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Article
October 16, 1991

Congressional AIDS Commission in Limelight, Likely to Remain There for Another Year

JAMA. 1991;266(15):2050. doi:10.1001/jama.1991.03470150018004

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Abstract

THREE RECENT events have pushed the National Commission on Acquired Immunodeficiency Syndrome (AIDS) back into the limelight.

First, it has issued a comprehensive 165-page report calling the nation to arms against AIDS.

Second, one of the commission's 15 members, Belinda Mason, 33, a Kentucky journalist (who acquired AIDS through a blood transfusion in 1987), died September 9, just as the commission's report was going to press.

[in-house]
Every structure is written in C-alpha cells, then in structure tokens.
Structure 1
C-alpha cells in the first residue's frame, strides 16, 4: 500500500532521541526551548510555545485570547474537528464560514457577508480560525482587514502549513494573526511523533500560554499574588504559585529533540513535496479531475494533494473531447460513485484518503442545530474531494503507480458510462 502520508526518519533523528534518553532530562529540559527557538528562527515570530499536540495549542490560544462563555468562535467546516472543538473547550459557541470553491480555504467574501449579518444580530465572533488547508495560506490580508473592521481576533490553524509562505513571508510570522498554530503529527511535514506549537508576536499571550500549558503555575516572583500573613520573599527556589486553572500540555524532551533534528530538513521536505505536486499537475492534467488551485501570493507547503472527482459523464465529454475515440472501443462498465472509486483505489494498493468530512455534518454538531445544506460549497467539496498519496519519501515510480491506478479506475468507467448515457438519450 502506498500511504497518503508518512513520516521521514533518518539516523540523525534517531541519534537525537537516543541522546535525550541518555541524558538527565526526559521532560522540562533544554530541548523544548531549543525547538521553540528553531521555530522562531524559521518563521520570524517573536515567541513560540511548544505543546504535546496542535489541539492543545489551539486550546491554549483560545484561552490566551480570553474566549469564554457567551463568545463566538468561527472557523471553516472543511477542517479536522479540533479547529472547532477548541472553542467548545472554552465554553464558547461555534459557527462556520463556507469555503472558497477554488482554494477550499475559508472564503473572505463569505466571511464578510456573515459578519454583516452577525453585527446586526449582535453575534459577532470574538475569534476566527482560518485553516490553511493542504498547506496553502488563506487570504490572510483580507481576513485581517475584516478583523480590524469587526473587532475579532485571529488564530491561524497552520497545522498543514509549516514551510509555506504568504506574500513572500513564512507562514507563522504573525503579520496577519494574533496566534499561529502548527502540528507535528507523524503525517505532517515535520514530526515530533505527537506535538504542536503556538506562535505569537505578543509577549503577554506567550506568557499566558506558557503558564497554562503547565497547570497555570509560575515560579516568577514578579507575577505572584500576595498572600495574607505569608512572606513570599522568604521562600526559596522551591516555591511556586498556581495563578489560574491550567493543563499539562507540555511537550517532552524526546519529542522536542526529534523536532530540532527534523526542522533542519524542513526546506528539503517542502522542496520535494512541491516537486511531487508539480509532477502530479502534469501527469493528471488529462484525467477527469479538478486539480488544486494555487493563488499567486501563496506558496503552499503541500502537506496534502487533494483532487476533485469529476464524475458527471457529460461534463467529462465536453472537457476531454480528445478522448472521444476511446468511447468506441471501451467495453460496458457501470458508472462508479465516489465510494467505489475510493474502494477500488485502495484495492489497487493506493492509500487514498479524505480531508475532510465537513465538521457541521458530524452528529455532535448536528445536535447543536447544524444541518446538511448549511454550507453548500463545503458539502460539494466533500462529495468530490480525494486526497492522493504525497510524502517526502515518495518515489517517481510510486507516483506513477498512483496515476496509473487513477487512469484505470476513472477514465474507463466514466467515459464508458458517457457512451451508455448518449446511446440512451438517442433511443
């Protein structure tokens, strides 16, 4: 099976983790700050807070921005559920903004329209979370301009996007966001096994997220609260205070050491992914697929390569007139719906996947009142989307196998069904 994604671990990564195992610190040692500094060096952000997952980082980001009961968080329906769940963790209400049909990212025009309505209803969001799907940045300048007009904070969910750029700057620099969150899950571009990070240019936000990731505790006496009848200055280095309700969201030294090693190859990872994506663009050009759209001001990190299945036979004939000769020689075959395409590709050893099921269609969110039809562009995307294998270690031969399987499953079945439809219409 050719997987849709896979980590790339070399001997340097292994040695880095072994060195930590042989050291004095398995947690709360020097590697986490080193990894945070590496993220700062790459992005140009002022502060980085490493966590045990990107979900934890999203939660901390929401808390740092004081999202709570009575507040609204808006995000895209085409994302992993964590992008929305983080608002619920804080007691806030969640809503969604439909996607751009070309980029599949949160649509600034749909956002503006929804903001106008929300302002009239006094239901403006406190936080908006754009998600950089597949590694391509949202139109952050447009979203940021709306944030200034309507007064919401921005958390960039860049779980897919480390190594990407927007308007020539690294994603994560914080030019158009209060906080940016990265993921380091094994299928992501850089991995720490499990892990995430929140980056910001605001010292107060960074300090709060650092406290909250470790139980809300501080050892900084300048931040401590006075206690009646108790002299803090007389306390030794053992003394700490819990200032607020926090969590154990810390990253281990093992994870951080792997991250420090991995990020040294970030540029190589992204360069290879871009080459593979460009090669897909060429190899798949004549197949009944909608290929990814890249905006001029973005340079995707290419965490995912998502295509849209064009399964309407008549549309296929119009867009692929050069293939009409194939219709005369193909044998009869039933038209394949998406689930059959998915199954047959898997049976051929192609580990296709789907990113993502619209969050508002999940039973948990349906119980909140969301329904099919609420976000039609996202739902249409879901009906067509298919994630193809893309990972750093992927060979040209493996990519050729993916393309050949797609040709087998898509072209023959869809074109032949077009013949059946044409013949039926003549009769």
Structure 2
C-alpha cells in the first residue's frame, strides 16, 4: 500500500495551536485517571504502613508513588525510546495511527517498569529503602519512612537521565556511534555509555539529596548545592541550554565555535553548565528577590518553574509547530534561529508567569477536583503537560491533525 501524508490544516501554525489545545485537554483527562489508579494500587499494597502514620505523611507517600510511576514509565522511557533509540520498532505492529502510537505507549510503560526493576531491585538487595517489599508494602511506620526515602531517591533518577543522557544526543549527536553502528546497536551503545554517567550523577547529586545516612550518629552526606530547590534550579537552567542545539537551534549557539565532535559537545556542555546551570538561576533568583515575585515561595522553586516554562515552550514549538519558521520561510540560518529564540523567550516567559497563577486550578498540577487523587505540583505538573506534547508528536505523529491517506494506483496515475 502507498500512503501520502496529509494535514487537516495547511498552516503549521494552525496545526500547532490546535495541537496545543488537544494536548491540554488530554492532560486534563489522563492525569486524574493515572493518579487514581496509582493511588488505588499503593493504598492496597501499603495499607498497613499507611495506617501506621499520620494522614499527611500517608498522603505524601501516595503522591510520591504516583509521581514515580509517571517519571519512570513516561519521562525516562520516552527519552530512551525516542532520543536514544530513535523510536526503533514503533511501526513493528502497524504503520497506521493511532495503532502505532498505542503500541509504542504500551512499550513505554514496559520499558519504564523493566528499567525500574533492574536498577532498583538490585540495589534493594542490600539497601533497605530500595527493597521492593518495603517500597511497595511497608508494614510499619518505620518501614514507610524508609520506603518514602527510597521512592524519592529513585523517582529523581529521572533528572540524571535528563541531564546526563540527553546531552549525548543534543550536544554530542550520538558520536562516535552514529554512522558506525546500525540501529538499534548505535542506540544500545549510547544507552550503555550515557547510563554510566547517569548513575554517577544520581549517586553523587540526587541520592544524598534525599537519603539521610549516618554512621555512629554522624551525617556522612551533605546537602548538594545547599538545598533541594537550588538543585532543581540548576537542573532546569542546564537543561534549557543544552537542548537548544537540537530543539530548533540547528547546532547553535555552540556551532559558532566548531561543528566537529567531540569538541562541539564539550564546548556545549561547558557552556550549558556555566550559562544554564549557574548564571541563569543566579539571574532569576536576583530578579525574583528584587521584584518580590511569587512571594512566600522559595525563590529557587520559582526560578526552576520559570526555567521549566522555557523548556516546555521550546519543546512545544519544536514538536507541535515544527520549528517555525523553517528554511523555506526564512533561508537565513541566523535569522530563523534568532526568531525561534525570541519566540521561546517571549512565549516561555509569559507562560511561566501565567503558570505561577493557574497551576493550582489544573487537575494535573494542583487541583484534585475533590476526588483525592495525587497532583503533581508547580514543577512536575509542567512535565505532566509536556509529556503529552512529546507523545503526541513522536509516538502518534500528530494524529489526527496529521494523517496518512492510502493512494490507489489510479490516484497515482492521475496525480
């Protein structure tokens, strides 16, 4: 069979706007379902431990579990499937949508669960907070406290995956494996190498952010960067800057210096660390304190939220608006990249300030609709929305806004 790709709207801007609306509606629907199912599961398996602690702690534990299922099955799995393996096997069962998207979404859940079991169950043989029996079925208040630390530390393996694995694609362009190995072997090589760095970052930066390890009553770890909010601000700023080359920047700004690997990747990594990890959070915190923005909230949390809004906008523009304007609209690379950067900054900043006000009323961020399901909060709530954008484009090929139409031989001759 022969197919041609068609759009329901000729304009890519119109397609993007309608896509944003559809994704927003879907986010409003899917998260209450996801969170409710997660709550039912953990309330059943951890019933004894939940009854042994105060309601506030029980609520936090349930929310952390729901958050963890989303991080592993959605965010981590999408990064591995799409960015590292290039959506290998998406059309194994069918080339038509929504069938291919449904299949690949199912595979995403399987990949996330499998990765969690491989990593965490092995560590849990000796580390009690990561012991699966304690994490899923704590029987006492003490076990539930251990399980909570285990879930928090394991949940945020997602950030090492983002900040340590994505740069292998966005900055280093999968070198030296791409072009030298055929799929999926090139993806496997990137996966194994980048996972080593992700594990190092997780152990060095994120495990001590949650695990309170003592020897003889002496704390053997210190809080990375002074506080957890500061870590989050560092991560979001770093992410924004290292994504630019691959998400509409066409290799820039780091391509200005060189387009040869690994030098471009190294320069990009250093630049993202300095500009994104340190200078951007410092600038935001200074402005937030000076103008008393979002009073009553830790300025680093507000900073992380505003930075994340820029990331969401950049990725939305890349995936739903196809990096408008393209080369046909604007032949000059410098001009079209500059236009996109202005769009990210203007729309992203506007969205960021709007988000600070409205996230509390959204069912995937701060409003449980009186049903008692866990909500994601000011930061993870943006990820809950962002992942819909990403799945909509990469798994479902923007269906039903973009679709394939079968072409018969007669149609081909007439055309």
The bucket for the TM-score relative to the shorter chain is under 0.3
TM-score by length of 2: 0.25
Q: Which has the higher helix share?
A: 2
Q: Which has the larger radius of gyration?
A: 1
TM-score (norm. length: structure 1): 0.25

Third, another patient with AIDS, Kimberly Bergalis, 23, (who apparently acquired the infection during 1987 molar extractions in Florida), testified before Congress in favor of mandatory human immunodeficiency virus (HIV) testing for all health care workers.

What the Report Says  The commission's report says that, unless the nation girds itself promptly to deal seriously with the issues posed by the HIV epidemic, the country will "face relentless, expanding tragedy.... There is only a little time left to recognize that the threat of HIV is

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